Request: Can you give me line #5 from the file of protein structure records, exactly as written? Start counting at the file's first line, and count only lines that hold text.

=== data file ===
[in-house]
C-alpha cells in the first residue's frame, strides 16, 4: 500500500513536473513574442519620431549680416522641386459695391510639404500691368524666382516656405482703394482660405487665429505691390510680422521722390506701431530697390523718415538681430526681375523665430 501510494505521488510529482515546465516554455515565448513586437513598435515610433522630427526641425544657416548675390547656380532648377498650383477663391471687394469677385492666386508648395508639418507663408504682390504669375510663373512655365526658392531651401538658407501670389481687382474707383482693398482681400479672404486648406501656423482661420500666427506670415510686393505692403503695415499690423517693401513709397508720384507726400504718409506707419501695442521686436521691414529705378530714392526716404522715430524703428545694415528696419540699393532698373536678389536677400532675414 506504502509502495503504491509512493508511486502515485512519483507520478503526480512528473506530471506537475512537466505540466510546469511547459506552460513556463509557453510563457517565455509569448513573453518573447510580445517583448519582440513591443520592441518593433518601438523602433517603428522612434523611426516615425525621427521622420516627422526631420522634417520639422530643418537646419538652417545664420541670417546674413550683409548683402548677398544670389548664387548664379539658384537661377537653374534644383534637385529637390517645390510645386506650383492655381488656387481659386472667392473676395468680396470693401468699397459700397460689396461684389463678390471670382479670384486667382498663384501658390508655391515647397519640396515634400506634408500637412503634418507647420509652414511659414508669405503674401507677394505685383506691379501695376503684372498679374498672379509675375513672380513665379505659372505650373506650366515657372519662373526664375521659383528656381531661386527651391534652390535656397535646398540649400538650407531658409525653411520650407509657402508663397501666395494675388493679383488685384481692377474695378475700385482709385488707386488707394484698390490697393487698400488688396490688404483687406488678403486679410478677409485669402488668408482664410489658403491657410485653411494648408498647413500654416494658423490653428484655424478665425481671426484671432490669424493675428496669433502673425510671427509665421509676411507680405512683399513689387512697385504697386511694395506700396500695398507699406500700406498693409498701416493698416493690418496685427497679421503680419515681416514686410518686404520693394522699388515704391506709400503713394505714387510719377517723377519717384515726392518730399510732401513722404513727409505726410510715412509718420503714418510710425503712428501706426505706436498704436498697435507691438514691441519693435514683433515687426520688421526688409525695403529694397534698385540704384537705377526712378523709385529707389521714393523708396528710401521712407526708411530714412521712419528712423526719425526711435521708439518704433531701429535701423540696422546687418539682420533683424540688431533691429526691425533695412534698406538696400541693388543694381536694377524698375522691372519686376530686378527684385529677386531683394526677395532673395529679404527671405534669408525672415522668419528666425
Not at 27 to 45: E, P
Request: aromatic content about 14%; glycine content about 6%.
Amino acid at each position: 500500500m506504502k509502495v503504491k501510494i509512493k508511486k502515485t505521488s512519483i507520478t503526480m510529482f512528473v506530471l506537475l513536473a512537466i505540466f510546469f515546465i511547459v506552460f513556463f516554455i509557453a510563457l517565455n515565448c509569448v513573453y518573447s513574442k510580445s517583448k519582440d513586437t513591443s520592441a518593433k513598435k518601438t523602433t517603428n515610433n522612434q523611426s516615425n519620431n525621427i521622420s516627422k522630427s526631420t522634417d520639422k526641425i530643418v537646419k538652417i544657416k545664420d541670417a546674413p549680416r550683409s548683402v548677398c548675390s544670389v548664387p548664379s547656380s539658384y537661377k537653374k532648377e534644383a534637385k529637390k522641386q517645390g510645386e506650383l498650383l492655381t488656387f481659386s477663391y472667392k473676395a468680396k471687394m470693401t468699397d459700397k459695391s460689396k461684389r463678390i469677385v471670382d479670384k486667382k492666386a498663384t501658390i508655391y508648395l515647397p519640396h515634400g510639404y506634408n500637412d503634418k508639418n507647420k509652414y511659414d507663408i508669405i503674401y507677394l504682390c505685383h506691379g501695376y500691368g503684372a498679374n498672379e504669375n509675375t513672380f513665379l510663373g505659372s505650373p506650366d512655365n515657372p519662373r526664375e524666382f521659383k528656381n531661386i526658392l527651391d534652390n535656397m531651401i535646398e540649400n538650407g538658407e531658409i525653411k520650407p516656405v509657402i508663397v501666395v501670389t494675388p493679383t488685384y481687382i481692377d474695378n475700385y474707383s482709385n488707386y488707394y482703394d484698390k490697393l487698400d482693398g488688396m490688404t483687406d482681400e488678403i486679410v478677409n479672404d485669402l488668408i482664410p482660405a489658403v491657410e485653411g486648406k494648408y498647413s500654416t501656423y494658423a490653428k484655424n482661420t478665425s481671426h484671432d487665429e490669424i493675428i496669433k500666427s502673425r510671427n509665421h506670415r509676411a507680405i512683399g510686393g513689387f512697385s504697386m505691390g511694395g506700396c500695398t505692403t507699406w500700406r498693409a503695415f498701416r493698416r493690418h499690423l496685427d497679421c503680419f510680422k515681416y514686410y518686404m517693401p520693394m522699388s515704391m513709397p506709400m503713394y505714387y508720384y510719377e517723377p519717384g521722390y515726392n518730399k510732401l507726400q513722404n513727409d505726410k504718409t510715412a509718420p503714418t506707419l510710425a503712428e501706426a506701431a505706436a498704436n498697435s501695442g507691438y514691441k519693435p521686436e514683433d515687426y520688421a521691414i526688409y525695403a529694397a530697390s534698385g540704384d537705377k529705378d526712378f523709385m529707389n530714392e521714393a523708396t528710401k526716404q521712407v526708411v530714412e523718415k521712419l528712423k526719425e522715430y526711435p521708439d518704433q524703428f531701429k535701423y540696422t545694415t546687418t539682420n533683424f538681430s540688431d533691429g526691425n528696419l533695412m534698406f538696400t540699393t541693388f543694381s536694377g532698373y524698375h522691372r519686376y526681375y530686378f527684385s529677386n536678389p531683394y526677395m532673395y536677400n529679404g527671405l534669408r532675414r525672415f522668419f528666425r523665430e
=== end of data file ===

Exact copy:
Amino acid at each position: 500500500m506504502k509502495v503504491k501510494i509512493k508511486k502515485t505521488s512519483i507520478t503526480m510529482f512528473v506530471l506537475l513536473a512537466i505540466f510546469f515546465i511547459v506552460f513556463f516554455i509557453a510563457l517565455n515565448c509569448v513573453y518573447s513574442k510580445s517583448k519582440d513586437t513591443s520592441a518593433k513598435k518601438t523602433t517603428n515610433n522612434q523611426s516615425n519620431n525621427i521622420s516627422k522630427s526631420t522634417d520639422k526641425i530643418v537646419k538652417i544657416k545664420d541670417a546674413p549680416r550683409s548683402v548677398c548675390s544670389v548664387p548664379s547656380s539658384y537661377k537653374k532648377e534644383a534637385k529637390k522641386q517645390g510645386e506650383l498650383l492655381t488656387f481659386s477663391y472667392k473676395a468680396k471687394m470693401t468699397d459700397k459695391s460689396k461684389r463678390i469677385v471670382d479670384k486667382k492666386a498663384t501658390i508655391y508648395l515647397p519640396h515634400g510639404y506634408n500637412d503634418k508639418n507647420k509652414y511659414d507663408i508669405i503674401y507677394l504682390c505685383h506691379g501695376y500691368g503684372a498679374n498672379e504669375n509675375t513672380f513665379l510663373g505659372s505650373p506650366d512655365n515657372p519662373r526664375e524666382f521659383k528656381n531661386i526658392l527651391d534652390n535656397m531651401i535646398e540649400n538650407g538658407e531658409i525653411k520650407p516656405v509657402i508663397v501666395v501670389t494675388p493679383t488685384y481687382i481692377d474695378n475700385y474707383s482709385n488707386y488707394y482703394d484698390k490697393l487698400d482693398g488688396m490688404t483687406d482681400e488678403i486679410v478677409n479672404d485669402l488668408i482664410p482660405a489658403v491657410e485653411g486648406k494648408y498647413s500654416t501656423y494658423a490653428k484655424n482661420t478665425s481671426h484671432d487665429e490669424i493675428i496669433k500666427s502673425r510671427n509665421h506670415r509676411a507680405i512683399g510686393g513689387f512697385s504697386m505691390g511694395g506700396c500695398t505692403t507699406w500700406r498693409a503695415f498701416r493698416r493690418h499690423l496685427d497679421c503680419f510680422k515681416y514686410y518686404m517693401p520693394m522699388s515704391m513709397p506709400m503713394y505714387y508720384y510719377e517723377p519717384g521722390y515726392n518730399k510732401l507726400q513722404n513727409d505726410k504718409t510715412a509718420p503714418t506707419l510710425a503712428e501706426a506701431a505706436a498704436n498697435s501695442g507691438y514691441k519693435p521686436e514683433d515687426y520688421a521691414i526688409y525695403a529694397a530697390s534698385g540704384d537705377k529705378d526712378f523709385m529707389n530714392e521714393a523708396t528710401k526716404q521712407v526708411v530714412e523718415k521712419l528712423k526719425e522715430y526711435p521708439d518704433q524703428f531701429k535701423y540696422t545694415t546687418t539682420n533683424f538681430s540688431d533691429g526691425n528696419l533695412m534698406f538696400t540699393t541693388f543694381s536694377g532698373y524698375h522691372r519686376y526681375y530686378f527684385s529677386n536678389p531683394y526677395m532673395y536677400n529679404g527671405l534669408r532675414r525672415f522668419f528666425r523665430e